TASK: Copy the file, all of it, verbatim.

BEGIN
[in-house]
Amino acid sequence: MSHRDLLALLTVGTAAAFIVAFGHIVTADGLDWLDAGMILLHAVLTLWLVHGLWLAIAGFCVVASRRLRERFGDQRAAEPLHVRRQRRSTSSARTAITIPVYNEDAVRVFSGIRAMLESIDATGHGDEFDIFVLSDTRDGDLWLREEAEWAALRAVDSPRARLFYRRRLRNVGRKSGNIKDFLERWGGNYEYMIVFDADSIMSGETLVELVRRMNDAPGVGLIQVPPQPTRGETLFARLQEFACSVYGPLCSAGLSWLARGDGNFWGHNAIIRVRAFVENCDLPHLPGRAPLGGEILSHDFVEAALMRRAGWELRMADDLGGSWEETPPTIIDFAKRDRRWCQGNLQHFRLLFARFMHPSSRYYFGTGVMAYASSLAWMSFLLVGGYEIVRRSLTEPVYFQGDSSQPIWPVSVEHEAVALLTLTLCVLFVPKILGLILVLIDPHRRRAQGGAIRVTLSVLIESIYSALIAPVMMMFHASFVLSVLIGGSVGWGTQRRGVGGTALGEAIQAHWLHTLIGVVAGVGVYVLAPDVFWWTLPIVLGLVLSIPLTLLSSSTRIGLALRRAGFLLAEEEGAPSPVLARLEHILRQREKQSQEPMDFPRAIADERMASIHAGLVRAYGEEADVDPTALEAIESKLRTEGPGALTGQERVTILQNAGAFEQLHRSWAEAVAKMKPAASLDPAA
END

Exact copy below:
[in-house]
Amino acid sequence: MSHRDLLALLTVGTAAAFIVAFGHIVTADGLDWLDAGMILLHAVLTLWLVHGLWLAIAGFCVVASRRLRERFGDQRAAEPLHVRRQRRSTSSARTAITIPVYNEDAVRVFSGIRAMLESIDATGHGDEFDIFVLSDTRDGDLWLREEAEWAALRAVDSPRARLFYRRRLRNVGRKSGNIKDFLERWGGNYEYMIVFDADSIMSGETLVELVRRMNDAPGVGLIQVPPQPTRGETLFARLQEFACSVYGPLCSAGLSWLARGDGNFWGHNAIIRVRAFVENCDLPHLPGRAPLGGEILSHDFVEAALMRRAGWELRMADDLGGSWEETPPTIIDFAKRDRRWCQGNLQHFRLLFARFMHPSSRYYFGTGVMAYASSLAWMSFLLVGGYEIVRRSLTEPVYFQGDSSQPIWPVSVEHEAVALLTLTLCVLFVPKILGLILVLIDPHRRRAQGGAIRVTLSVLIESIYSALIAPVMMMFHASFVLSVLIGGSVGWGTQRRGVGGTALGEAIQAHWLHTLIGVVAGVGVYVLAPDVFWWTLPIVLGLVLSIPLTLLSSSTRIGLALRRAGFLLAEEEGAPSPVLARLEHILRQREKQSQEPMDFPRAIADERMASIHAGLVRAYGEEADVDPTALEAIESKLRTEGPGALTGQERVTILQNAGAFEQLHRSWAEAVAKMKPAASLDPAA